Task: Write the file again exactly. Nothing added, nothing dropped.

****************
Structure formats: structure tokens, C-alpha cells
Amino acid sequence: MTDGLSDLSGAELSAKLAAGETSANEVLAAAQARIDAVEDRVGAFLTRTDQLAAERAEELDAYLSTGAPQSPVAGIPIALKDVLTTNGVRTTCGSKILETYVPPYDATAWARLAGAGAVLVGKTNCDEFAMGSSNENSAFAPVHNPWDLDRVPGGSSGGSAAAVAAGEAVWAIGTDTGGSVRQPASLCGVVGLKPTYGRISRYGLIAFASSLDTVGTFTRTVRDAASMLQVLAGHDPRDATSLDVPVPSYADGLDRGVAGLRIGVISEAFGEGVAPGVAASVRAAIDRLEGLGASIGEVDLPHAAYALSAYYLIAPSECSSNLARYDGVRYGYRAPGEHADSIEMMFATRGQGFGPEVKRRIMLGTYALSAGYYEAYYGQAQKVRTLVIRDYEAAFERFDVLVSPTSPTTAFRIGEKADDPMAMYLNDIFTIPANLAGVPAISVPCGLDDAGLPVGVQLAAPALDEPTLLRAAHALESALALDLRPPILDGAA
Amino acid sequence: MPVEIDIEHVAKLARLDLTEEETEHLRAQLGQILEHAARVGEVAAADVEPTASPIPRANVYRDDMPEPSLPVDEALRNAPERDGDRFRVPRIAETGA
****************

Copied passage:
Structure formats: structure tokens, C-alpha cells
Amino acid sequence: MTDGLSDLSGAELSAKLAAGETSANEVLAAAQARIDAVEDRVGAFLTRTDQLAAERAEELDAYLSTGAPQSPVAGIPIALKDVLTTNGVRTTCGSKILETYVPPYDATAWARLAGAGAVLVGKTNCDEFAMGSSNENSAFAPVHNPWDLDRVPGGSSGGSAAAVAAGEAVWAIGTDTGGSVRQPASLCGVVGLKPTYGRISRYGLIAFASSLDTVGTFTRTVRDAASMLQVLAGHDPRDATSLDVPVPSYADGLDRGVAGLRIGVISEAFGEGVAPGVAASVRAAIDRLEGLGASIGEVDLPHAAYALSAYYLIAPSECSSNLARYDGVRYGYRAPGEHADSIEMMFATRGQGFGPEVKRRIMLGTYALSAGYYEAYYGQAQKVRTLVIRDYEAAFERFDVLVSPTSPTTAFRIGEKADDPMAMYLNDIFTIPANLAGVPAISVPCGLDDAGLPVGVQLAAPALDEPTLLRAAHALESALALDLRPPILDGAA
Amino acid sequence: MPVEIDIEHVAKLARLDLTEEETEHLRAQLGQILEHAARVGEVAAADVEPTASPIPRANVYRDDMPEPSLPVDEALRNAPERDGDRFRVPRIAETGA